It is November…. a month to give pause and reflect on gratitude and gratefulness.
The dictionary defines the adjective ‘grateful’ as, “…feeling or showing an appreciation of kindness; thankful”.
The dictionary defines the noun ‘gratitude’ as, “…the quality of being thankful; readiness to show appreciation for and to return kindness”.
Practicing Gratitude and Gratefulness is an art and science. These are terms that get tossed around a lot. Fine-Tuned Families strives to give you useful tools and tips to help you parent smarter. So let’s break this down to thoughtful, useful nuggets to chew on:
The art is the practicing of the attribute; infusing it daily in to our lives meaningfully - not by automation. The science is to know and recognize the action and to apply the action with thoughtful intention.
Cultivating Gratefulness and Gratitude is a daily practice that, if forgotten or left to ‘automation’, grows weak or even worse, disappears.
Could you and your family increase your awareness and practice of gratitude and gratefulness this month? Think about this: It only takes 3 weeks to make a new habit. Wouldn’t it be wonderful if we all ‘upped’ our gratitude quotient and began the New Year with a higher level of ‘gratitude competency’?
Here are three simple ways to increase your meaningful and intentional gratitude/gratefulness practice this month. May it be a practice that continues with you and your family throughout the years to come!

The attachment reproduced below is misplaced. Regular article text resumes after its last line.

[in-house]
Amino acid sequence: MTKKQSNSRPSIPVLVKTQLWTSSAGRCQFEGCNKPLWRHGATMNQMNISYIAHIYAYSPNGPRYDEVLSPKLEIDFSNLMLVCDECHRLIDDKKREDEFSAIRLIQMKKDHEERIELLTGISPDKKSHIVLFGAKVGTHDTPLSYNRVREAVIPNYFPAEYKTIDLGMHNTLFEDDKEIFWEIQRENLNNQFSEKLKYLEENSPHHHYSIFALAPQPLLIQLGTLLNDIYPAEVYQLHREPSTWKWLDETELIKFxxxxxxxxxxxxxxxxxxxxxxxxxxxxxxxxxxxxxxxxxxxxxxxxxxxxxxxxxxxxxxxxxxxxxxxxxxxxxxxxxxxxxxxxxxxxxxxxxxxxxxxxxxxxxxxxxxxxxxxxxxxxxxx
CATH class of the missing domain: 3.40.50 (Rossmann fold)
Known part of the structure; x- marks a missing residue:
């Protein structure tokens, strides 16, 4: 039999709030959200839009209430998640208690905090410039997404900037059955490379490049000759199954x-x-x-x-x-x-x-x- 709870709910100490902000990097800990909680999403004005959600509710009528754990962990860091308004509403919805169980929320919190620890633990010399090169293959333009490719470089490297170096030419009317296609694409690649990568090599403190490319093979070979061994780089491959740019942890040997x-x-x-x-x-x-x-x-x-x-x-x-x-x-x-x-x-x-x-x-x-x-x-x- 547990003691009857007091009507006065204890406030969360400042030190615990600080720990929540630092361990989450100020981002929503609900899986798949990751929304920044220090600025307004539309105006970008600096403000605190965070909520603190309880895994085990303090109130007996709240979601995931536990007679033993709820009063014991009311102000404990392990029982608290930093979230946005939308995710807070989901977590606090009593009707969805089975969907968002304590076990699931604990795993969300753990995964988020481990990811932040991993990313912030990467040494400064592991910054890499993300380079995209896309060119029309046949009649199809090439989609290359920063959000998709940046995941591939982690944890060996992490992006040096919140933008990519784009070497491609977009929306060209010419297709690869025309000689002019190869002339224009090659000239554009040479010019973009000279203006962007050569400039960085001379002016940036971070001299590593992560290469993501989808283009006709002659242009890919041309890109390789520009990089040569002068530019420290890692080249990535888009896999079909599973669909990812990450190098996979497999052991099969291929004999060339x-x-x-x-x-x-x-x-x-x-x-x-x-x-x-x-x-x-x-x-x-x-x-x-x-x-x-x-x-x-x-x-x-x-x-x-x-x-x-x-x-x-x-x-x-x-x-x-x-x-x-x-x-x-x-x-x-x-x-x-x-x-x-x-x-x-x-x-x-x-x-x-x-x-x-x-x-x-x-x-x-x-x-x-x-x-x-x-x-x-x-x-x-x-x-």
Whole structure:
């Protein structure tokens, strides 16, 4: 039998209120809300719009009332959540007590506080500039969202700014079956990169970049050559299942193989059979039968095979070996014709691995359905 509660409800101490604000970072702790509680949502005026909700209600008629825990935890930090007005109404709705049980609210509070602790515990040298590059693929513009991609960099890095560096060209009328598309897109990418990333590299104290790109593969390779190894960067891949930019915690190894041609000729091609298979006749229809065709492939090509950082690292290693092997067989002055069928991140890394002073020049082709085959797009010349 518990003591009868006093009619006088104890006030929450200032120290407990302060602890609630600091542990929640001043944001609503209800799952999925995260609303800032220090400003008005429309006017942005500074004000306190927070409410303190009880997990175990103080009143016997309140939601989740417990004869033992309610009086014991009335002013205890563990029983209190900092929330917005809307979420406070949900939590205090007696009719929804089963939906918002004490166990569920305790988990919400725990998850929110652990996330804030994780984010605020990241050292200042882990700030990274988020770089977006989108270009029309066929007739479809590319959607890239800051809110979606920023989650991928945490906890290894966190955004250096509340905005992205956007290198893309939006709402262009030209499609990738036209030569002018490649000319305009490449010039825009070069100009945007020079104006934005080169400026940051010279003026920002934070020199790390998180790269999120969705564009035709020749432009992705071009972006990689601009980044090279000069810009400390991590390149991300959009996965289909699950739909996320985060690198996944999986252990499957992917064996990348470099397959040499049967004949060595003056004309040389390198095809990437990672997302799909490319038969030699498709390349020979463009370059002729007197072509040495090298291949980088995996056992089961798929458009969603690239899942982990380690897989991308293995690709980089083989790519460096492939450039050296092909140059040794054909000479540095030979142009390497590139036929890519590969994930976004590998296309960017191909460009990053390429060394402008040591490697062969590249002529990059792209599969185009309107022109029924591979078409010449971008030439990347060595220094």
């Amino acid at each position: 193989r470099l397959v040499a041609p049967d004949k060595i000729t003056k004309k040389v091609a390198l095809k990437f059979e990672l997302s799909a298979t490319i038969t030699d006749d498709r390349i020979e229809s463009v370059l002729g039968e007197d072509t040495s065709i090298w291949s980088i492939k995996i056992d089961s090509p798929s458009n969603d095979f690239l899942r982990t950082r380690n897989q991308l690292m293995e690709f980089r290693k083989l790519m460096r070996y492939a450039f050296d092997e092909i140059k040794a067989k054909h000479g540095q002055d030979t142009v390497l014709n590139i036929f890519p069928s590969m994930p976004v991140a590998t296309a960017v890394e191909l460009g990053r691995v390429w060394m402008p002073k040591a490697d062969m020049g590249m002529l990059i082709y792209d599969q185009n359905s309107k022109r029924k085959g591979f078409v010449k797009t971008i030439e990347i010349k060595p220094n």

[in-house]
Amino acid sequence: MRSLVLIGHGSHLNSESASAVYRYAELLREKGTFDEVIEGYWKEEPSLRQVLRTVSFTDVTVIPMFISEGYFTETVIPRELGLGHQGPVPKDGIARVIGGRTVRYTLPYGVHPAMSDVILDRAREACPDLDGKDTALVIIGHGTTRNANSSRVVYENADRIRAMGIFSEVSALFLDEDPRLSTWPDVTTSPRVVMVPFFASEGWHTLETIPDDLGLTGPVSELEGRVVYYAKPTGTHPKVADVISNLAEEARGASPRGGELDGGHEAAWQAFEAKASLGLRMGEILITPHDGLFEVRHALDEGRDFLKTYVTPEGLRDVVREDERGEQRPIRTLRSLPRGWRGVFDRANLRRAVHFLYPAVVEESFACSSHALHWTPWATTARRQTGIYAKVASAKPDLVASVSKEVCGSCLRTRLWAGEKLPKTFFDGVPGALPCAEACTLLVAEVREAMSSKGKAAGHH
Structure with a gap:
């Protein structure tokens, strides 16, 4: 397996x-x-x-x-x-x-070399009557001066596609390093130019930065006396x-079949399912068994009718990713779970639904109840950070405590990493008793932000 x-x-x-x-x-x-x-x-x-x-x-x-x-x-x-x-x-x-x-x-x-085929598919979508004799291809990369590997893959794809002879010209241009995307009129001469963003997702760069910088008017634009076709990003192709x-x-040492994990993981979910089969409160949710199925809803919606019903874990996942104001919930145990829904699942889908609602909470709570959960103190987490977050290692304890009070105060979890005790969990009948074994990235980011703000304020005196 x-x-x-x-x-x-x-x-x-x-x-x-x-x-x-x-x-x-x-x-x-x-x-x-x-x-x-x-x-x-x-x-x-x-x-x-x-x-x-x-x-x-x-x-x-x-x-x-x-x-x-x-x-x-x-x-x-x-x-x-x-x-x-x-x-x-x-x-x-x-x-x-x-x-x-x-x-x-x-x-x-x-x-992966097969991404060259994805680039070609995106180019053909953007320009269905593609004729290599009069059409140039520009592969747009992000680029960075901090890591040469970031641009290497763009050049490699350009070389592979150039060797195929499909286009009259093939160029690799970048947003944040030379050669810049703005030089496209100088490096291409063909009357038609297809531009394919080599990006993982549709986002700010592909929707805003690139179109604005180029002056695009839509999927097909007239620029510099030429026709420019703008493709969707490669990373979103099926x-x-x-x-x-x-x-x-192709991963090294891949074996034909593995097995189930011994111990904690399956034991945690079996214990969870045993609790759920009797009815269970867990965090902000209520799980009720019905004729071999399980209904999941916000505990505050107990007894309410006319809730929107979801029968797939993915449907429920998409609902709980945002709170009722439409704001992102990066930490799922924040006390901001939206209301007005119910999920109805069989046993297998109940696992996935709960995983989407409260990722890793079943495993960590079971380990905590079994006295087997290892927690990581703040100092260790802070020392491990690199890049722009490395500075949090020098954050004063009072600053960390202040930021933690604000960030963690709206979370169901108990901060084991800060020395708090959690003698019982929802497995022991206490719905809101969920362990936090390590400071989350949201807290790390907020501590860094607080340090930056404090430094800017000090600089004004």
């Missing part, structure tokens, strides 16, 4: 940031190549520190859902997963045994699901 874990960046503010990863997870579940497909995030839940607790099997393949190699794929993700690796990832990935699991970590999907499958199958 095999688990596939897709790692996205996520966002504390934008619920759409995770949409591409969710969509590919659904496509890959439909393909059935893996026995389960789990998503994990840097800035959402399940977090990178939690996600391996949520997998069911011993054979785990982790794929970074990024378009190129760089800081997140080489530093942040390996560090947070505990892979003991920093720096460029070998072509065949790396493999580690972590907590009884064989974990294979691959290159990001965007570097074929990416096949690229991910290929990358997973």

1. Say ‘Thank You’…in complete sentences.
This is an important skill and element to ensure the practice is not an ‘empty habit’.
“Thank you for opening the door for me.”
“Thank you for bringing me my backpack, Mom.”
“Mark- thank you for picking up the extra ingredients at the grocery store today.”
Ask you family to make the effort to say ‘Thank you’ in complete sentences…watch and listen for the difference it makes.
2. Have a ‘Do Good Day’.
Target chores around the house the kids can earn money doing. The money they earn on that day goes to ‘sharing something with others’ - donating earned money to a food bank or homeless shelter or to another local community nonprofit. Is money tight right now? It does not have to be big or grandiose…the ‘Do Good Day‘ is meant to be sincere. Why not clean up and clear out the toys and books your kids have out grown and donate them to the local homeless shelter?
3. List out 5 things you appreciate or are grateful for each day.
The list can build on a sheet of paper taped to the wall. If you have one of those chalkboard walls allow your artists to record and decorate! Some families keep a gratitude journal. If life is really pulling you in 50 directions, post it notes made in the car that can be posted where all the family wash hands or hang coats is a great way to get started acknowledging your gratefulness!
Happy November, Happy Thanksgiving! We wish you a Happy Fine-Tuned Family Journey!